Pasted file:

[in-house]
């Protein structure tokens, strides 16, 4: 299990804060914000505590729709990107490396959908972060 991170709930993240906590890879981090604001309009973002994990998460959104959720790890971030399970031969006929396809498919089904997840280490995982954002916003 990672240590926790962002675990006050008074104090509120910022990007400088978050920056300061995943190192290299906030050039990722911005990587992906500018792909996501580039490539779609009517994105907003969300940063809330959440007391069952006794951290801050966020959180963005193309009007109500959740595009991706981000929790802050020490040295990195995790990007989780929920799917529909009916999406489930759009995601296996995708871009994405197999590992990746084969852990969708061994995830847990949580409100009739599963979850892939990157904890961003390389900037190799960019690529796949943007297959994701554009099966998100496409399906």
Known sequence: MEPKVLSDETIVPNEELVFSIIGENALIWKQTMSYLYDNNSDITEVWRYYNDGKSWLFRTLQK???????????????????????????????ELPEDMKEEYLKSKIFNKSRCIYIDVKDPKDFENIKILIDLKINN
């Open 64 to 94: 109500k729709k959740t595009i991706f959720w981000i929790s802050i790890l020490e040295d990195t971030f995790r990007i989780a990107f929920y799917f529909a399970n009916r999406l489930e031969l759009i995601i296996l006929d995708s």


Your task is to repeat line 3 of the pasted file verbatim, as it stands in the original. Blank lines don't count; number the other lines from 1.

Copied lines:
Known sequence: MEPKVLSDETIVPNEELVFSIIGENALIWKQTMSYLYDNNSDITEVWRYYNDGKSWLFRTLQK???????????????????????????????ELPEDMKEEYLKSKIFNKSRCIYIDVKDPKDFENIKILIDLKINN